- Third-party testimonials & reviews. More info.
There are so many reasons to take advantage of the different types of ad extensions (sometimes called Sitelinks) that Google offers. The more extensions you’ve got, the more room you take up on the results page, pushing your competitors “below the fold.” And the more room you take up, particularly with images and photos, the more you’ll draw the searcher’s eye to your ad instead of another listing. Finally, ad extensions often give searchers more options for what to click on, taking them deeper into your site for the exact content they’re looking for.
There’s no reason not to use them, so if you’re not already on board, jump on!
By Star Bradshaw, VP of Conversion Rate Optimization
Part 2 of 2
Is your website generating the volume of leads, contacts or sales you’re aiming for? If your site is wildly exceeding your expectations, and you’re shopping for an Italian villa for your early retirement, then go. Skip this article. (But invite me to visit before you leave.) If instead, you’re like most of us and suspect your site could be working harder for you, stick around. I’m going to explain how to find clues about what people are doing on your website which will help you make strategic improvements to user experience. And this, in turn, nearly always has a positive impact on ROI.
The first step to improving your website is to identify and fix any technical issues that may be undermining visitor interaction, which we talked about in Part 1 of this article.
Once you’ve done that, begin to hone in on visitor behavior. There are a multitude of ways and tools to assess what your visitors are doing on your site, but let’s focus on one of the top areas of interest for many site owners: (Read More…)
SEMPO Atlanta’s June event is next Wednesday, June 19, in the evening. Here are all the details:
Date: June 19
Time: 6:00 PM
Location: Atlanta Fish Market
FREE for SEMPO Members
$25 in advance for non-members
$35 at the door
Event Description: (Read More…)
By Star Bradshaw, VP of Conversion Rate Optimization
Part 1 of 2
Have you ever wondered exactly what people are up to on your site? If you have contemplated this, it was likely triggered by the desire to understand why more visitors weren’t responding to your website. In other words, you’ve probably asked, “Why isn’t my site driving more contacts, leads, subscriptions or sales?”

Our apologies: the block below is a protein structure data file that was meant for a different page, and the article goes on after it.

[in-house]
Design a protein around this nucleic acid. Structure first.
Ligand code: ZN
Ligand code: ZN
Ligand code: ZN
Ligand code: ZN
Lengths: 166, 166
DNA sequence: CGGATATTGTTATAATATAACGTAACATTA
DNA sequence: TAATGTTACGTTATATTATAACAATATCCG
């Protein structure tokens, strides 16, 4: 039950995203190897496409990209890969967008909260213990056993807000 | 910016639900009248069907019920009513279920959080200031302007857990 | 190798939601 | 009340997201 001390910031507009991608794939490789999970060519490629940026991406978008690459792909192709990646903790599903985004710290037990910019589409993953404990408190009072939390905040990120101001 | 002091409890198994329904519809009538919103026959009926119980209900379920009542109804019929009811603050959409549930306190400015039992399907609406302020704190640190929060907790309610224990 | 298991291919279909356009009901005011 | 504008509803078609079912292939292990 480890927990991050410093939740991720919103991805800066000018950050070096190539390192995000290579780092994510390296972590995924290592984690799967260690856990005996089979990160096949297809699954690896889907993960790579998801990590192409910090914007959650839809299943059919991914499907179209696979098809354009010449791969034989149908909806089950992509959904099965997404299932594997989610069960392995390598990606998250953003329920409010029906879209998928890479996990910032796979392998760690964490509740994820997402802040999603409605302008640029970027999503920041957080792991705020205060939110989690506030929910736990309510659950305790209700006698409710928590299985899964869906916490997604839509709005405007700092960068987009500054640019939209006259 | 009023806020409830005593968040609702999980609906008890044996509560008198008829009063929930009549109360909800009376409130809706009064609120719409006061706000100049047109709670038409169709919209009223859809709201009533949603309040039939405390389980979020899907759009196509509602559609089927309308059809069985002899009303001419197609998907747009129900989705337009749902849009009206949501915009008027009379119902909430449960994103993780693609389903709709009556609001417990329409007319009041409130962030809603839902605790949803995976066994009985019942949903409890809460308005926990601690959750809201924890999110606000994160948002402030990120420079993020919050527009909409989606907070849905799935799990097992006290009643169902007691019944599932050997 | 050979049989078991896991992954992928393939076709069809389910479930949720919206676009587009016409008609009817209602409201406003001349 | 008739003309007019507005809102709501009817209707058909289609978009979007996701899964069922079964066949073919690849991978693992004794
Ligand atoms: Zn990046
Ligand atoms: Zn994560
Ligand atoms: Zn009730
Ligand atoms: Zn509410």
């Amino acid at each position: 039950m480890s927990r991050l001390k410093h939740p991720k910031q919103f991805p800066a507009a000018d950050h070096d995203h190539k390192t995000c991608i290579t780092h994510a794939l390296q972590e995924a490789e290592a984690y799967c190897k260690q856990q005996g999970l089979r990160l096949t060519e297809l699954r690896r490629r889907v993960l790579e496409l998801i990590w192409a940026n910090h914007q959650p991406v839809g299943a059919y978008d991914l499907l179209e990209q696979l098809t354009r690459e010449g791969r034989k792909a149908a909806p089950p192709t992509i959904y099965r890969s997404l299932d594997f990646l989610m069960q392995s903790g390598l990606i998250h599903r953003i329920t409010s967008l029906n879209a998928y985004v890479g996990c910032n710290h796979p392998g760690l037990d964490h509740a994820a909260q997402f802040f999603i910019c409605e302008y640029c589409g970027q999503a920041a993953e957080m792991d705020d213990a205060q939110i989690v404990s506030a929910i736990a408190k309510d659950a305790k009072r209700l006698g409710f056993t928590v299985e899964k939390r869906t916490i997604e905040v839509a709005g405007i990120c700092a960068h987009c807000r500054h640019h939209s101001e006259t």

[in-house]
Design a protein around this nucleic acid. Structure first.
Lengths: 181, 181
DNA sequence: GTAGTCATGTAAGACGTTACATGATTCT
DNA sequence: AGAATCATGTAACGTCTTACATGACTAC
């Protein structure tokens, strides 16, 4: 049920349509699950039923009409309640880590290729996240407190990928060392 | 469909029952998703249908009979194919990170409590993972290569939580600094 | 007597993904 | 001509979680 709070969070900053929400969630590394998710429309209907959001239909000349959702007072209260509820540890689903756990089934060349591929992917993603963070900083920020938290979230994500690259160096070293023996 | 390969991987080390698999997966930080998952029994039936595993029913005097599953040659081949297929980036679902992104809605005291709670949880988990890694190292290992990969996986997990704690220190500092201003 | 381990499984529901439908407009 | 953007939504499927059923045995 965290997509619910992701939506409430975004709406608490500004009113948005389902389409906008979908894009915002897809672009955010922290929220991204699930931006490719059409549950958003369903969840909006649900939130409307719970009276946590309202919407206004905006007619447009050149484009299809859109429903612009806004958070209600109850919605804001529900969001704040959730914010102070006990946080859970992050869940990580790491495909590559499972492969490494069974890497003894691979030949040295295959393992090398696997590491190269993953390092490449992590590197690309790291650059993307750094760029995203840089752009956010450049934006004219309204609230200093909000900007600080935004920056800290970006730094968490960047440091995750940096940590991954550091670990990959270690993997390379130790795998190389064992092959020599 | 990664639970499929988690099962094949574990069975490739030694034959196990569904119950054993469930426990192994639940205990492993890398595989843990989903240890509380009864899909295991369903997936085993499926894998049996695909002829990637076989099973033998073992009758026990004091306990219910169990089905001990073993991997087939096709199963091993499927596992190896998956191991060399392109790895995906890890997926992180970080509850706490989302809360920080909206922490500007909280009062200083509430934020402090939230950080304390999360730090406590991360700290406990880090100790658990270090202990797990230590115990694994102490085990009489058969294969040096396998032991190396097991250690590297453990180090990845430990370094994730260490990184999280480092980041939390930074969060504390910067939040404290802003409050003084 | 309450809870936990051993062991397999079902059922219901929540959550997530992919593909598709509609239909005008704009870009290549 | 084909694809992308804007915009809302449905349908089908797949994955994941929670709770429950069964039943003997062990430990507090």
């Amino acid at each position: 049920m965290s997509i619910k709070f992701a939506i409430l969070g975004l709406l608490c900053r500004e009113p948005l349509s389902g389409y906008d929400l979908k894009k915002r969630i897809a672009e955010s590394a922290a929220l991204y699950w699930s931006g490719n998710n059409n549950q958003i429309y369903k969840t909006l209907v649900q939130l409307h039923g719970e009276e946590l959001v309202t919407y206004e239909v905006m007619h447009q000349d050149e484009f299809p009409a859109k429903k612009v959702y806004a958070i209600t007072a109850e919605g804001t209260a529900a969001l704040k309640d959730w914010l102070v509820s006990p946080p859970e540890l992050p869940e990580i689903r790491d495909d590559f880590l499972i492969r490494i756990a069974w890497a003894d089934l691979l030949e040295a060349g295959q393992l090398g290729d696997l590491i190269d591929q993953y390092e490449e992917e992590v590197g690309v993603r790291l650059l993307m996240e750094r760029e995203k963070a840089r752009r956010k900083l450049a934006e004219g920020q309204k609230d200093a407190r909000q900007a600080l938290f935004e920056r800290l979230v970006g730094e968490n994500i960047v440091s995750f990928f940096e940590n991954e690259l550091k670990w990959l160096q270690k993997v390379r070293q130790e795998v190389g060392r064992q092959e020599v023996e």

Businesses grapple with this question routinely. (If they’re smart, they do.) Unfortunately, when frustrated site owners ponder what people are doing on their website, the answer is all too often: They are leaving. Fortunately, there are lots of ways you can gain insights on these fleeting visitors in order to strategically improve your website, thereby increasing their engagement and response.
To begin to better understand visitor behavior, take a look at some key metrics in your analytics. Indicators of unsatisfied visitors can be found in certain engagement and conversion metrics. (Read More…)
Which is more important in Search Engine Optimization – content or keywords? Keywords are, of course, still important in terms of researching which ones to target and strategically integrating them into your website. But, honestly, the keyword part of SEO is easy…and also becoming less effective over time.
SEO as a practice is witnessing a tremendous shift, a renewed emphasis on quality over quantity. This applies to keywords, link-building, and content development. Marketers need to create thoughtful content that addresses a challenge that their audience is facing, rather than just providing a shell to house carefully researched keywords. They shouldn’t overdo it with keywords either, as context and the semantic web are lessening the need for such heavy-handed optimization as in years past. And finally, they shouldn’t view link-building as a tactic, but view it as an opportunity to nurture fewer, more meaningful relationships with other web publishers whose objectives are relevant in some way to their own.
Creating a solid content strategy is critical in ensuring that you’re providing content that is: (Read More…)